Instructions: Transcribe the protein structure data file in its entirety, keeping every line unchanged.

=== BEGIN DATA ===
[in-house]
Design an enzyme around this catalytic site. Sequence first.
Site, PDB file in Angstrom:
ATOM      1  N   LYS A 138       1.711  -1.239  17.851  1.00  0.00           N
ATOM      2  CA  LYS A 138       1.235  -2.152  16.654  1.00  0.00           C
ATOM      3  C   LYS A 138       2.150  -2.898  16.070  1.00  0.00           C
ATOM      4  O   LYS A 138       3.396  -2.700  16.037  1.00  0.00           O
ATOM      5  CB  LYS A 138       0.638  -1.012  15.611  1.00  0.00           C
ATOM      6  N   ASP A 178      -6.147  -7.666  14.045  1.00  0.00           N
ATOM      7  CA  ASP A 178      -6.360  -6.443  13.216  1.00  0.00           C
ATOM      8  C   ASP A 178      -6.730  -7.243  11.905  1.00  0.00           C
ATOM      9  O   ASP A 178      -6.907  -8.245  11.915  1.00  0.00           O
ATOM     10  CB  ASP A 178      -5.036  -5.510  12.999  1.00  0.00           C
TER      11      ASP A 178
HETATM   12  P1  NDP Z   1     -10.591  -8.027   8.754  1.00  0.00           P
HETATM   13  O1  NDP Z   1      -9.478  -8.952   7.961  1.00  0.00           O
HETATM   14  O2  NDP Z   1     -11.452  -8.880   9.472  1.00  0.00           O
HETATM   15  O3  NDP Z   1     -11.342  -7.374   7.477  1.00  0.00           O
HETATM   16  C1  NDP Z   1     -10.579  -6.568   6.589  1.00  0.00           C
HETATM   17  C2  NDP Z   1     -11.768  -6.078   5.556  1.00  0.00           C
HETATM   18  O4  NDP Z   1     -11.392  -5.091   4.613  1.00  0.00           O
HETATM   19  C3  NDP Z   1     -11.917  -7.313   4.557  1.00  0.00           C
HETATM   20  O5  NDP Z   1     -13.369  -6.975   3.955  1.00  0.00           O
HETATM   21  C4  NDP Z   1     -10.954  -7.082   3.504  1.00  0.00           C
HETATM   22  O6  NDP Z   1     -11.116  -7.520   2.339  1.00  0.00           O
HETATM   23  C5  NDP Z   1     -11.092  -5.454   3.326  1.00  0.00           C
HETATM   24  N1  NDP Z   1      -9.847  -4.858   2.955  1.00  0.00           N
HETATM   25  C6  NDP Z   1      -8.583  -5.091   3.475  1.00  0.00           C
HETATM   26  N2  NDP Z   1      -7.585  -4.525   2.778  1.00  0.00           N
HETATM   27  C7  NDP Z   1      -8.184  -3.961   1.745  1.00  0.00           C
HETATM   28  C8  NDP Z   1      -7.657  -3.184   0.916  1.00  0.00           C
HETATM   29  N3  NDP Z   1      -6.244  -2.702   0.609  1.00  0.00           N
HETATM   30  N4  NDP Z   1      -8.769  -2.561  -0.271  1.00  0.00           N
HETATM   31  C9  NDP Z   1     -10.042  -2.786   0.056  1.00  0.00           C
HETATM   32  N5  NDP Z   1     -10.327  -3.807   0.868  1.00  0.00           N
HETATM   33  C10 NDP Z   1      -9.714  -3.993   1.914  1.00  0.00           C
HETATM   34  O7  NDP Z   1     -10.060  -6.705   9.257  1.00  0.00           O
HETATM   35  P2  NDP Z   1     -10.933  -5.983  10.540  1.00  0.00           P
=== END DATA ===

[in-house]
Design an enzyme around this catalytic site. Sequence first.
Site, PDB file in Angstrom:
ATOM      1  N   LYS A 138       1.711  -1.239  17.851  1.00  0.00           N
ATOM      2  CA  LYS A 138       1.235  -2.152  16.654  1.00  0.00           C
ATOM      3  C   LYS A 138       2.150  -2.898  16.070  1.00  0.00           C
ATOM      4  O   LYS A 138       3.396  -2.700  16.037  1.00  0.00           O
ATOM      5  CB  LYS A 138       0.638  -1.012  15.611  1.00  0.00           C
ATOM      6  N   ASP A 178      -6.147  -7.666  14.045  1.00  0.00           N
ATOM      7  CA  ASP A 178      -6.360  -6.443  13.216  1.00  0.00           C
ATOM      8  C   ASP A 178      -6.730  -7.243  11.905  1.00  0.00           C
ATOM      9  O   ASP A 178      -6.907  -8.245  11.915  1.00  0.00           O
ATOM     10  CB  ASP A 178      -5.036  -5.510  12.999  1.00  0.00           C
TER      11      ASP A 178
HETATM   12  P1  NDP Z   1     -10.591  -8.027   8.754  1.00  0.00           P
HETATM   13  O1  NDP Z   1      -9.478  -8.952   7.961  1.00  0.00           O
HETATM   14  O2  NDP Z   1     -11.452  -8.880   9.472  1.00  0.00           O
HETATM   15  O3  NDP Z   1     -11.342  -7.374   7.477  1.00  0.00           O
HETATM   16  C1  NDP Z   1     -10.579  -6.568   6.589  1.00  0.00           C
HETATM   17  C2  NDP Z   1     -11.768  -6.078   5.556  1.00  0.00           C
HETATM   18  O4  NDP Z   1     -11.392  -5.091   4.613  1.00  0.00           O
HETATM   19  C3  NDP Z   1     -11.917  -7.313   4.557  1.00  0.00           C
HETATM   20  O5  NDP Z   1     -13.369  -6.975   3.955  1.00  0.00           O
HETATM   21  C4  NDP Z   1     -10.954  -7.082   3.504  1.00  0.00           C
HETATM   22  O6  NDP Z   1     -11.116  -7.520   2.339  1.00  0.00           O
HETATM   23  C5  NDP Z   1     -11.092  -5.454   3.326  1.00  0.00           C
HETATM   24  N1  NDP Z   1      -9.847  -4.858   2.955  1.00  0.00           N
HETATM   25  C6  NDP Z   1      -8.583  -5.091   3.475  1.00  0.00           C
HETATM   26  N2  NDP Z   1      -7.585  -4.525   2.778  1.00  0.00           N
HETATM   27  C7  NDP Z   1      -8.184  -3.961   1.745  1.00  0.00           C
HETATM   28  C8  NDP Z   1      -7.657  -3.184   0.916  1.00  0.00           C
HETATM   29  N3  NDP Z   1      -6.244  -2.702   0.609  1.00  0.00           N
HETATM   30  N4  NDP Z   1      -8.769  -2.561  -0.271  1.00  0.00           N
HETATM   31  C9  NDP Z   1     -10.042  -2.786   0.056  1.00  0.00           C
HETATM   32  N5  NDP Z   1     -10.327  -3.807   0.868  1.00  0.00           N
HETATM   33  C10 NDP Z   1      -9.714  -3.993   1.914  1.00  0.00           C
HETATM   34  O7  NDP Z   1     -10.060  -6.705   9.257  1.00  0.00           O
HETATM   35  P2  NDP Z   1     -10.933  -5.983  10.540  1.00  0.00           P